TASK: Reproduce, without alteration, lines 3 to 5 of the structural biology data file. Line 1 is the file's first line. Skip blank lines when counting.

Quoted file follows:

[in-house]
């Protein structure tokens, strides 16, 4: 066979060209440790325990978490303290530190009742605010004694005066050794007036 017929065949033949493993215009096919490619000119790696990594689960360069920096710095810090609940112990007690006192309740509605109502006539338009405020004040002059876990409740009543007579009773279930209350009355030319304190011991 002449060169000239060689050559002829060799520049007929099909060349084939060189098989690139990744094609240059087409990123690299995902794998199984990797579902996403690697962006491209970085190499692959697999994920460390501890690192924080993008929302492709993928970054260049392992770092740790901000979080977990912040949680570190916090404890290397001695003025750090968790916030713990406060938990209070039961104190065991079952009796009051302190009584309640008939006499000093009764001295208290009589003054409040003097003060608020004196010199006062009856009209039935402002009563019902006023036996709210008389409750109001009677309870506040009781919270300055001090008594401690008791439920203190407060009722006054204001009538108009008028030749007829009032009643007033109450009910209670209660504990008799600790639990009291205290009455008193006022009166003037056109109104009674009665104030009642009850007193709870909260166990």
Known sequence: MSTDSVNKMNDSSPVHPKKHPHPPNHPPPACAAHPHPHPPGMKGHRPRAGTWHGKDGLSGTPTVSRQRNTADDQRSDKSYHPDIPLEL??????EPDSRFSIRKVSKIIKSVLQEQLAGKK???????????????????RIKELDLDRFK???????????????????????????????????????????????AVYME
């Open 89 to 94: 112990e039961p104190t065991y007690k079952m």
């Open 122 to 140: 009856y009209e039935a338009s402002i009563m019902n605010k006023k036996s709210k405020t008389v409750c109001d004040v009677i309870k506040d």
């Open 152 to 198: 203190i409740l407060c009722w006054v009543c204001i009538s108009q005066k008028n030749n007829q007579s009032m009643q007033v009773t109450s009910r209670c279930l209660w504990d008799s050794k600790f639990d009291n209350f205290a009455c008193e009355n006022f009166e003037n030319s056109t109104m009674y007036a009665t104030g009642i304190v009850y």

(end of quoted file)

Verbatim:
Known sequence: MSTDSVNKMNDSSPVHPKKHPHPPNHPPPACAAHPHPHPPGMKGHRPRAGTWHGKDGLSGTPTVSRQRNTADDQRSDKSYHPDIPLEL??????EPDSRFSIRKVSKIIKSVLQEQLAGKK???????????????????RIKELDLDRFK???????????????????????????????????????????????AVYME
């Open 89 to 94: 112990e039961p104190t065991y007690k079952m």
């Open 122 to 140: 009856y009209e039935a338009s402002i009563m019902n605010k006023k036996s709210k405020t008389v409750c109001d004040v009677i309870k506040d």